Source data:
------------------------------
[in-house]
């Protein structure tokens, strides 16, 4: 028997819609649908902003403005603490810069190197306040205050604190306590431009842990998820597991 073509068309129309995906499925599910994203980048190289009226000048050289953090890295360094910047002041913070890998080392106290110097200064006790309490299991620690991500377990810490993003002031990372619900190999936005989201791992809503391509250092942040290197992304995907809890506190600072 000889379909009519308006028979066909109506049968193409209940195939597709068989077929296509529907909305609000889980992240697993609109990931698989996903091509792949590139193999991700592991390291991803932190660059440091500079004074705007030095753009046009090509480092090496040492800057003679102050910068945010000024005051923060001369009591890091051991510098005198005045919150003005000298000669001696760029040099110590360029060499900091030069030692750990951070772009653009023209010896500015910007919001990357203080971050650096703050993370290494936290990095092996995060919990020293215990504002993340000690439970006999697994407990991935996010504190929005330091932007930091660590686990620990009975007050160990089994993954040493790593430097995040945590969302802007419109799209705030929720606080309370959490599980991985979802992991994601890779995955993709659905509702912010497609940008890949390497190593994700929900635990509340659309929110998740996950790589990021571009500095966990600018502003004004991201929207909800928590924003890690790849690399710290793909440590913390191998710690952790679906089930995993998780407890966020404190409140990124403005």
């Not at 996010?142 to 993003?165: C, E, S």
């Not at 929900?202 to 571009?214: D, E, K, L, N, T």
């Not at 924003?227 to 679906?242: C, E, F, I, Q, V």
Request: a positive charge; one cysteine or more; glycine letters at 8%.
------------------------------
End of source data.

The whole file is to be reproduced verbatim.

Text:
[in-house]
């Protein structure tokens, strides 16, 4: 028997819609649908902003403005603490810069190197306040205050604190306590431009842990998820597991 073509068309129309995906499925599910994203980048190289009226000048050289953090890295360094910047002041913070890998080392106290110097200064006790309490299991620690991500377990810490993003002031990372619900190999936005989201791992809503391509250092942040290197992304995907809890506190600072 000889379909009519308006028979066909109506049968193409209940195939597709068989077929296509529907909305609000889980992240697993609109990931698989996903091509792949590139193999991700592991390291991803932190660059440091500079004074705007030095753009046009090509480092090496040492800057003679102050910068945010000024005051923060001369009591890091051991510098005198005045919150003005000298000669001696760029040099110590360029060499900091030069030692750990951070772009653009023209010896500015910007919001990357203080971050650096703050993370290494936290990095092996995060919990020293215990504002993340000690439970006999697994407990991935996010504190929005330091932007930091660590686990620990009975007050160990089994993954040493790593430097995040945590969302802007419109799209705030929720606080309370959490599980991985979802992991994601890779995955993709659905509702912010497609940008890949390497190593994700929900635990509340659309929110998740996950790589990021571009500095966990600018502003004004991201929207909800928590924003890690790849690399710290793909440590913390191998710690952790679906089930995993998780407890966020404190409140990124403005």
């Not at 996010?142 to 993003?165: C, E, S």
């Not at 929900?202 to 571009?214: D, E, K, L, N, T």
């Not at 924003?227 to 679906?242: C, E, F, I, Q, V």
Request: a positive charge; one cysteine or more; glycine letters at 8%.